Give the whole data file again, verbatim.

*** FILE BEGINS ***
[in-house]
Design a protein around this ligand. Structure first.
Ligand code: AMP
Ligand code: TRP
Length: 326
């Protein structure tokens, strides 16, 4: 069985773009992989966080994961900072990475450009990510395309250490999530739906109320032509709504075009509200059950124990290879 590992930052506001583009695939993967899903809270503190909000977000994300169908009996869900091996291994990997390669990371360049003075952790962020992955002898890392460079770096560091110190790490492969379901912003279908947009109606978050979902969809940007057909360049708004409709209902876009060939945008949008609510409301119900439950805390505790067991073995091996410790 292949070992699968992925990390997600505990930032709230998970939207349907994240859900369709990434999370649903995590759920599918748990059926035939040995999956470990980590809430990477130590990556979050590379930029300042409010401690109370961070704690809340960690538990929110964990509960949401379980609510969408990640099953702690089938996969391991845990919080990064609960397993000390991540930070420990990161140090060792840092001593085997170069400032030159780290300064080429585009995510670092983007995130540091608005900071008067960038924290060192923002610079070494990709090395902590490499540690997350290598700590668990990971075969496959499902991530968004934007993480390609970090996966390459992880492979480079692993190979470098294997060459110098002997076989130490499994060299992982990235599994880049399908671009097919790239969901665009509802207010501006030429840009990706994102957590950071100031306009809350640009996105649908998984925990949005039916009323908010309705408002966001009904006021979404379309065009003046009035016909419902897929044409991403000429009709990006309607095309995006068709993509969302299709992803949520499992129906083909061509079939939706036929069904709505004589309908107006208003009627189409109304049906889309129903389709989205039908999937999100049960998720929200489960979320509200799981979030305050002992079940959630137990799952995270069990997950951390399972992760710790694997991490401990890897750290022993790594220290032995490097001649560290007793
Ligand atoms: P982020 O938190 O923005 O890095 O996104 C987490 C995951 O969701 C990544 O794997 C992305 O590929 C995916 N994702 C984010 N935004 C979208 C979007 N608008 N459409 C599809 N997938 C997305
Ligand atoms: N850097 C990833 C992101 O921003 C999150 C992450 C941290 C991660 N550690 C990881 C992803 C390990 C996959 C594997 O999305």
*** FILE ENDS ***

[in-house]
Design a protein around this ligand. Structure first.
Ligand code: AMP
Ligand code: TRP
Length: 326
């Protein structure tokens, strides 16, 4: 069985773009992989966080994961900072990475450009990510395309250490999530739906109320032509709504075009509200059950124990290879 590992930052506001583009695939993967899903809270503190909000977000994300169908009996869900091996291994990997390669990371360049003075952790962020992955002898890392460079770096560091110190790490492969379901912003279908947009109606978050979902969809940007057909360049708004409709209902876009060939945008949008609510409301119900439950805390505790067991073995091996410790 292949070992699968992925990390997600505990930032709230998970939207349907994240859900369709990434999370649903995590759920599918748990059926035939040995999956470990980590809430990477130590990556979050590379930029300042409010401690109370961070704690809340960690538990929110964990509960949401379980609510969408990640099953702690089938996969391991845990919080990064609960397993000390991540930070420990990161140090060792840092001593085997170069400032030159780290300064080429585009995510670092983007995130540091608005900071008067960038924290060192923002610079070494990709090395902590490499540690997350290598700590668990990971075969496959499902991530968004934007993480390609970090996966390459992880492979480079692993190979470098294997060459110098002997076989130490499994060299992982990235599994880049399908671009097919790239969901665009509802207010501006030429840009990706994102957590950071100031306009809350640009996105649908998984925990949005039916009323908010309705408002966001009904006021979404379309065009003046009035016909419902897929044409991403000429009709990006309607095309995006068709993509969302299709992803949520499992129906083909061509079939939706036929069904709505004589309908107006208003009627189409109304049906889309129903389709989205039908999937999100049960998720929200489960979320509200799981979030305050002992079940959630137990799952995270069990997950951390399972992760710790694997991490401990890897750290022993790594220290032995490097001649560290007793
Ligand atoms: P982020 O938190 O923005 O890095 O996104 C987490 C995951 O969701 C990544 O794997 C992305 O590929 C995916 N994702 C984010 N935004 C979208 C979007 N608008 N459409 C599809 N997938 C997305
Ligand atoms: N850097 C990833 C992101 O921003 C999150 C992450 C941290 C991660 N550690 C990881 C992803 C390990 C996959 C594997 O999305």